With all of the uncertainty in today’s world – economic turbulence and political turmoil – it’s more important than ever for businesses to be able to forecast future cashflows accurately.
The value of cashflow forecasting
Forecasts are not only important for defining and making investments, but also for ensuring a company’s future viability. A 2019 study conducted by Redbridge showed that 94% of companies carry out some form of cashflow forecasting*. So, for most companies, the question is not should they predict what cash will be generated in the future, but rather how should they produce their forecast?
Methods for forecasting cashflow
Cashflow forecasting involves estimating cash inflows and outflows over a specific period of time. Companies use two main methods to predict what their future cash situation will be. Each has its individual strengths and weaknesses and may be used for different reasons.
The indirect method
The first method is known as the indirect, or budget method. It involves the use of balance sheet items to determine the company’s monthly ability to generate cash for the year as a whole. This method makes it possible to define long-term strategic objectives. It also creates a cash culture within the company, which can have a positive impact on working capital and the cash conversion cycle.
Because the budget method involves a production delay (lasting anywhere from 8 to 30 days following the end of the month), there may be a lag of as much as a month before it can be determined if the original forecast was correct. Consequently, there may be more political overtones to the forecast, with a need for more buy-in from other teams. And as the financial year goes on, the objectives may need to be adjusted. As a result, with this indirect method, it isn’t always possible to monitor the performance of the cash and transform the reporting into a useful management measurement tool.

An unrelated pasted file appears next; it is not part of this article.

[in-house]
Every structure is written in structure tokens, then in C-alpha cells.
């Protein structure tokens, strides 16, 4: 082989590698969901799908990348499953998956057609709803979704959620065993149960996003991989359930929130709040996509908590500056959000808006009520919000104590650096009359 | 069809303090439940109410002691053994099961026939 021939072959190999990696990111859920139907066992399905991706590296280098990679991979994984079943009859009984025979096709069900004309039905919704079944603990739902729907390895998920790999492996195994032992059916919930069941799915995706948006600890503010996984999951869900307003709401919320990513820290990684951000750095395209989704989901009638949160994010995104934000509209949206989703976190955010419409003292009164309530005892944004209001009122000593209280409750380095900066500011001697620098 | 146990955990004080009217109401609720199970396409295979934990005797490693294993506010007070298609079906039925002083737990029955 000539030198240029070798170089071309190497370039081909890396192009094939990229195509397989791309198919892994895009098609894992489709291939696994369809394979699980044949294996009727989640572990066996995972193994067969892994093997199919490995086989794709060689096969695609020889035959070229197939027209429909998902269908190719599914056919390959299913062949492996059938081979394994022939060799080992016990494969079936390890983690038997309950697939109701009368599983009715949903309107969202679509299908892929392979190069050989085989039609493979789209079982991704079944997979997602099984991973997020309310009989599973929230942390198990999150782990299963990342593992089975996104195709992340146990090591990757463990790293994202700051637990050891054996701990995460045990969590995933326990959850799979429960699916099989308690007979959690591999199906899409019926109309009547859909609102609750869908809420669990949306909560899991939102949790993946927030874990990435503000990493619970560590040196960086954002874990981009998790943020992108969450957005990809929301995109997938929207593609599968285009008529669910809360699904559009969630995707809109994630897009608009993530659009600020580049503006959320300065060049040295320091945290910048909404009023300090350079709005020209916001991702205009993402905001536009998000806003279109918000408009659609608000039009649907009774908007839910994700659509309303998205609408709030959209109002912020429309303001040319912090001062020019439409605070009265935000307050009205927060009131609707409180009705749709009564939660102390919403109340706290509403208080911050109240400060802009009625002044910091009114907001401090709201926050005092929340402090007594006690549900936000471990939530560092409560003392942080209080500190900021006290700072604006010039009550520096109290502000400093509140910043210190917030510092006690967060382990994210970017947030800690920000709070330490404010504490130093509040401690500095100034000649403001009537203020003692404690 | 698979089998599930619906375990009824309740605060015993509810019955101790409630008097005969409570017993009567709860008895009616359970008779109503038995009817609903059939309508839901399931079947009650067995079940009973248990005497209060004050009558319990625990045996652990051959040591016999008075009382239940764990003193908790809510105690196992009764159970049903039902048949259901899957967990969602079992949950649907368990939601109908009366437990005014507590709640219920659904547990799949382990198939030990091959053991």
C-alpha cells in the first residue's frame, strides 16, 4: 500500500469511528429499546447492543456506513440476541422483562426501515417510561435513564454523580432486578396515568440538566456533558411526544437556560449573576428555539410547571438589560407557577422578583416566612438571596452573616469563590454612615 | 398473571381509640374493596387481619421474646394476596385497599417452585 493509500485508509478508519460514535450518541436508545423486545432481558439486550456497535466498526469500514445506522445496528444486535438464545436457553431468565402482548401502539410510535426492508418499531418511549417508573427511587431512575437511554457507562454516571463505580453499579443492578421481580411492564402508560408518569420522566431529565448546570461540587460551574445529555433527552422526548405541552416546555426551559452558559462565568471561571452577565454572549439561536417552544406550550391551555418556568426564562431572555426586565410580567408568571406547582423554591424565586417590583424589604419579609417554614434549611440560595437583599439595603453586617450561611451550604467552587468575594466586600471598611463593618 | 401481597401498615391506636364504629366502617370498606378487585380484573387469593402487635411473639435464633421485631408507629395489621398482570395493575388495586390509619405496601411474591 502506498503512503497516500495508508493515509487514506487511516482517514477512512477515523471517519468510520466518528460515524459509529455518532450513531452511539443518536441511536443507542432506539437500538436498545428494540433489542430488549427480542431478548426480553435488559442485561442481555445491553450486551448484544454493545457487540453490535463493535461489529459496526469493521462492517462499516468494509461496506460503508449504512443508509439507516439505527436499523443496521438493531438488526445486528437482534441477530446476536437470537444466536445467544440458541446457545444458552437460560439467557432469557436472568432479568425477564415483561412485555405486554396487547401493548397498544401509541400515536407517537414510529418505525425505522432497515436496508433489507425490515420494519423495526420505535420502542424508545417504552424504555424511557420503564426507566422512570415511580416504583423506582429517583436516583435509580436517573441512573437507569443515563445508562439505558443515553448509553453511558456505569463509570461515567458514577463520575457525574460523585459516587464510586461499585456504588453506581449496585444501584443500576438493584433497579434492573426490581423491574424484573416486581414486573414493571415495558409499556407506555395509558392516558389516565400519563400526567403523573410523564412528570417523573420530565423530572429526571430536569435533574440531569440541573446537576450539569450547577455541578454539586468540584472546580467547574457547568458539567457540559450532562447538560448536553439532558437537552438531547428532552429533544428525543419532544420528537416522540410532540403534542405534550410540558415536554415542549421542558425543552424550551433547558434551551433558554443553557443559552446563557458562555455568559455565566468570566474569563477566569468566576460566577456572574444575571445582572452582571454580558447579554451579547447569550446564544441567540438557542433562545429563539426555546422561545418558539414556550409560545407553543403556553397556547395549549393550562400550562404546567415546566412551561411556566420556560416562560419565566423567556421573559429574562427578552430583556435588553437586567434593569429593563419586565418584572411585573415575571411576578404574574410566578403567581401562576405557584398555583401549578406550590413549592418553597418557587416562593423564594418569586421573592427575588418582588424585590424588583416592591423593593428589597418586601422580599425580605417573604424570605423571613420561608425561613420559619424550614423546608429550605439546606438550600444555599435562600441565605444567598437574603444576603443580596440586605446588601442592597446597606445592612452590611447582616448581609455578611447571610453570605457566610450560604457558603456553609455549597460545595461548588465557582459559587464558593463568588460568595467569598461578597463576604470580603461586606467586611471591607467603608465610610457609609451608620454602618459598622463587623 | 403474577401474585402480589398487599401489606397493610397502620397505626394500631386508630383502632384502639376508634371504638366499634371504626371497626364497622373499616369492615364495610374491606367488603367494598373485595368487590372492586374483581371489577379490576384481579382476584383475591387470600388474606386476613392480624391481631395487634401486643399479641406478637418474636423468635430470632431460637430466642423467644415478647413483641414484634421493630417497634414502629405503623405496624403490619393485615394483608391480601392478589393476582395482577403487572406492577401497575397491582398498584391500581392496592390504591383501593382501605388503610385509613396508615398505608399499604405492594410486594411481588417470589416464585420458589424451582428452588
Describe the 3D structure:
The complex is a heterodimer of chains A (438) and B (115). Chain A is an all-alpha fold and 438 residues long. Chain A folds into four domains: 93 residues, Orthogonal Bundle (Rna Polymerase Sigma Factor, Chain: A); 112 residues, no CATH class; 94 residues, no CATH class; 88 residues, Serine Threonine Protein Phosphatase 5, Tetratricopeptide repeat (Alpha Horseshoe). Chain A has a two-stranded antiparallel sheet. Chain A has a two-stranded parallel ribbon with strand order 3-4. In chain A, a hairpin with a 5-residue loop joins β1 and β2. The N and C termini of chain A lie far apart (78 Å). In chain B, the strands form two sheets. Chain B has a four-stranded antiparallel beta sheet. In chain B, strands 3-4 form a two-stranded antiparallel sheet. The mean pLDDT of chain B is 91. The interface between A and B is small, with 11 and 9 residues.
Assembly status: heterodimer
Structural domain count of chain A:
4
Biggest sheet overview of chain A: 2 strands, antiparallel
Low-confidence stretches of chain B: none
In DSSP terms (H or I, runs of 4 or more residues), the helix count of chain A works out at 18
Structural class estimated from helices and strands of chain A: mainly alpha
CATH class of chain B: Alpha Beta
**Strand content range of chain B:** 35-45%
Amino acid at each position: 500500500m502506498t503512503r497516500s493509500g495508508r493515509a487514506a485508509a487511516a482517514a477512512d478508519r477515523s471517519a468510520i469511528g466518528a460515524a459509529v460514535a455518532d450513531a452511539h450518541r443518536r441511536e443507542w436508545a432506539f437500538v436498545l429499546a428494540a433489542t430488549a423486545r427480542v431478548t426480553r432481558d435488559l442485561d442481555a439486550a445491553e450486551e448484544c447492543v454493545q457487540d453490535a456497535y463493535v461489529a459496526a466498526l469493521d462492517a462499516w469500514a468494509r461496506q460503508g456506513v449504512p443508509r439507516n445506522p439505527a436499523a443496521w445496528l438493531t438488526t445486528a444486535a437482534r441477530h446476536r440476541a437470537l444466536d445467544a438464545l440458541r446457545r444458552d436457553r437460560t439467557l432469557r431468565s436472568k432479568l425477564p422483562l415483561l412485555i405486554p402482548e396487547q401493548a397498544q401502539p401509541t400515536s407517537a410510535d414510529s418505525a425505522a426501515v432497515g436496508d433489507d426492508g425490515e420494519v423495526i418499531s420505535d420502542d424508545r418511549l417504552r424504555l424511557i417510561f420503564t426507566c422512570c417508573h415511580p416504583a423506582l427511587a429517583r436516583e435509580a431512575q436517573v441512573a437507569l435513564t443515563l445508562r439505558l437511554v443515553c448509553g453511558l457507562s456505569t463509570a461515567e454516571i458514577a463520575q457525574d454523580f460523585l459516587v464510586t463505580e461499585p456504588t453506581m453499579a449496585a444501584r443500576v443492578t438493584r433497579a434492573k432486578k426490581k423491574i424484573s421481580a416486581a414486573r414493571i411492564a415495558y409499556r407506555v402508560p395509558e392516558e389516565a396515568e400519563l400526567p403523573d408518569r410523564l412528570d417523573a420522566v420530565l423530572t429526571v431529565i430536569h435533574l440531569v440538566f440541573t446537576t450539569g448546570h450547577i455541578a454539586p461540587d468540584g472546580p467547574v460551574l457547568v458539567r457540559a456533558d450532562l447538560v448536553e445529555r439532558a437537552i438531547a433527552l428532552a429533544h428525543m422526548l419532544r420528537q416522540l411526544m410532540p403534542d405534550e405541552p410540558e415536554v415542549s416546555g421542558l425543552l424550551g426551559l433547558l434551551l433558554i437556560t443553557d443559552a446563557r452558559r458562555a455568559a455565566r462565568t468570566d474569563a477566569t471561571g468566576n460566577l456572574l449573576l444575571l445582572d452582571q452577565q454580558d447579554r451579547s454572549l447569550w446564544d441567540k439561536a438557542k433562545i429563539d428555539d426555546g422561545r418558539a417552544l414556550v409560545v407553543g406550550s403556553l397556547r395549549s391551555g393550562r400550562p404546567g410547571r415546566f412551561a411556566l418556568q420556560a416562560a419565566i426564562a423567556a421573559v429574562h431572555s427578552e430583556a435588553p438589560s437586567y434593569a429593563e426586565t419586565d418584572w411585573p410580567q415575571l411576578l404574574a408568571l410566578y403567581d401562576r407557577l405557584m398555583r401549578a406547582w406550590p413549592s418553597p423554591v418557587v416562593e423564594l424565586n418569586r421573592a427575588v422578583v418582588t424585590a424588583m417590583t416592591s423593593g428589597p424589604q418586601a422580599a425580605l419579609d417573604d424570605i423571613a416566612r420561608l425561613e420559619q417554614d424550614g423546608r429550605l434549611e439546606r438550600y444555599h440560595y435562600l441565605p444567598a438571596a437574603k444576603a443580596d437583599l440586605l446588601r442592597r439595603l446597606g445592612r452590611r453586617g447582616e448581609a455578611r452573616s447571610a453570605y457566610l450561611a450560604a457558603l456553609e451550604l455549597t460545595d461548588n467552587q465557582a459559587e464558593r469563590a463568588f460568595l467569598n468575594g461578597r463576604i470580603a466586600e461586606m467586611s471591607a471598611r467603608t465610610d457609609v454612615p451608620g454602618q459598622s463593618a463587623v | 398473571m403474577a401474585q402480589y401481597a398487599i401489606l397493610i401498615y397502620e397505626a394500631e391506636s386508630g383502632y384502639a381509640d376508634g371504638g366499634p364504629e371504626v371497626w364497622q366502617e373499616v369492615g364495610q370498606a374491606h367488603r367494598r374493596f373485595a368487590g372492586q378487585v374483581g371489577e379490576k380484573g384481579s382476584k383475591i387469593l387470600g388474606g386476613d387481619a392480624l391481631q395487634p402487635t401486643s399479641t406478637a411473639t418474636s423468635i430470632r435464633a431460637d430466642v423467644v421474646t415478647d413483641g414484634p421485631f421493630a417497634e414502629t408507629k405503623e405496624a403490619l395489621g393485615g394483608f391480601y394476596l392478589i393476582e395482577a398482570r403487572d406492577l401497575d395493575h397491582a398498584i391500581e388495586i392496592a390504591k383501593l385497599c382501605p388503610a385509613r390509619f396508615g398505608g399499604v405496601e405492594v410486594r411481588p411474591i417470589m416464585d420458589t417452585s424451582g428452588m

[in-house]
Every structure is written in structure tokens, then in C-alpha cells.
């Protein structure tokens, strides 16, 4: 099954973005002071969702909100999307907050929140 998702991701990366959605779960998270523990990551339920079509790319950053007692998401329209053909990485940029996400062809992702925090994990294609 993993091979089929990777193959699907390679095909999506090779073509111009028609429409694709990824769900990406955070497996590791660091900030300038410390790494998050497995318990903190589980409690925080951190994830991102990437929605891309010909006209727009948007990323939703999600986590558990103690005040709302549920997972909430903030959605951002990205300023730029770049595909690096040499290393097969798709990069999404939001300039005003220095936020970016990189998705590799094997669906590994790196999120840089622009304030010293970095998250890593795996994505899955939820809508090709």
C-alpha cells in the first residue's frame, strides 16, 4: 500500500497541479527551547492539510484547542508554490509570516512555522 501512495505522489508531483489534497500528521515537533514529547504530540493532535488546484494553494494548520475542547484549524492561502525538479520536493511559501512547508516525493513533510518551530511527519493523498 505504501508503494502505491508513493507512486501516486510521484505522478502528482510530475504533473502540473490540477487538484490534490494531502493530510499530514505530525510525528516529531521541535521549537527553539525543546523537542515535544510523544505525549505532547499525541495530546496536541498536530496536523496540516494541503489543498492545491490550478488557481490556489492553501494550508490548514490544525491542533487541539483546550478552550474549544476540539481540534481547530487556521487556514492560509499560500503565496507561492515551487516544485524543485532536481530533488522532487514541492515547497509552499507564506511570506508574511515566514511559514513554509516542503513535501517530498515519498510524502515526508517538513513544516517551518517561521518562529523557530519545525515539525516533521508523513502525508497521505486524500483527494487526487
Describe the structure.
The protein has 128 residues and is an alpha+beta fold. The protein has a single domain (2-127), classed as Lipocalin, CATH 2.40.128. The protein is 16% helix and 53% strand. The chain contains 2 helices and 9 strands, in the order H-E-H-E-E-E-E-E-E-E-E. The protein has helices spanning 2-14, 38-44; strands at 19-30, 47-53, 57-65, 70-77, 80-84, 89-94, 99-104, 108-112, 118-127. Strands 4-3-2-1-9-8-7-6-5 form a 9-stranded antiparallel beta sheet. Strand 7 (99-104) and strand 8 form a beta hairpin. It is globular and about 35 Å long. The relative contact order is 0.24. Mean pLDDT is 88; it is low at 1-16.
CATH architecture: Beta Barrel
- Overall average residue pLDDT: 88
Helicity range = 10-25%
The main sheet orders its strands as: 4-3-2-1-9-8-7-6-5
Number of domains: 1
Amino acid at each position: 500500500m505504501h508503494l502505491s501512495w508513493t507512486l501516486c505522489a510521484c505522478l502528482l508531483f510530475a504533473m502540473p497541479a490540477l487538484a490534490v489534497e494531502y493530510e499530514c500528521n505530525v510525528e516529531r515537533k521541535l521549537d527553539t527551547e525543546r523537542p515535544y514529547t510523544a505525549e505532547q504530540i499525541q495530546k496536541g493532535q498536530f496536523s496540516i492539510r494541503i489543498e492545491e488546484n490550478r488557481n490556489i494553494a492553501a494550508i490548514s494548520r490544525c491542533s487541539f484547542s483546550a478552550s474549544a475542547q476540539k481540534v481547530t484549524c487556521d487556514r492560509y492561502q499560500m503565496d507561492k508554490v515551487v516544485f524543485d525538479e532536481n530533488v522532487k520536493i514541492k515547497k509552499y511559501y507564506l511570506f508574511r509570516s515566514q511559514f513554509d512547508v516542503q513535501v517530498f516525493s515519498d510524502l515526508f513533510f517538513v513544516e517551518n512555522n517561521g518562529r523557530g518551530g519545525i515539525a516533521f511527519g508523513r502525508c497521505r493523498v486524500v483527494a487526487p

The indirect method is relatively easy to manage, as you can rely on the balance sheet data, but…
- non-cash transactions (such as depreciations, losses and bad debts) need to be added back in
- cashflow receipts and payments are less granular and less accurate
- this method can’t spot intramonth funding shortages
A good way to visualize the indirect method would be to look at it as a type of map. Looking at a map using the Indirect method, you would only know your own position as well as your destination. Based off of that, you would have to head in the general direction of your destination and hope you picked a good route.
The direct method
The second method is known as the direct, or bank balance method. This method uses bank balances to define the cash the company generates on a weekly or monthly basis over the course of the quarter. This enables real-time monitoring of the cash conversion cycle. In addition, the group can use reconciliation to compare actual cashflows with the forecast to ensure close monitoring of cash to prevent fraud as well as for investment and management purposes.
The direct method might seem cumbersome at times because of how long it takes to set up with the proper amount of data as well as the regular updates it will need. However, it should allow you to overcome the limitations of the indirect method and to monitor whether or not the cash creation objectives of the year will be reached.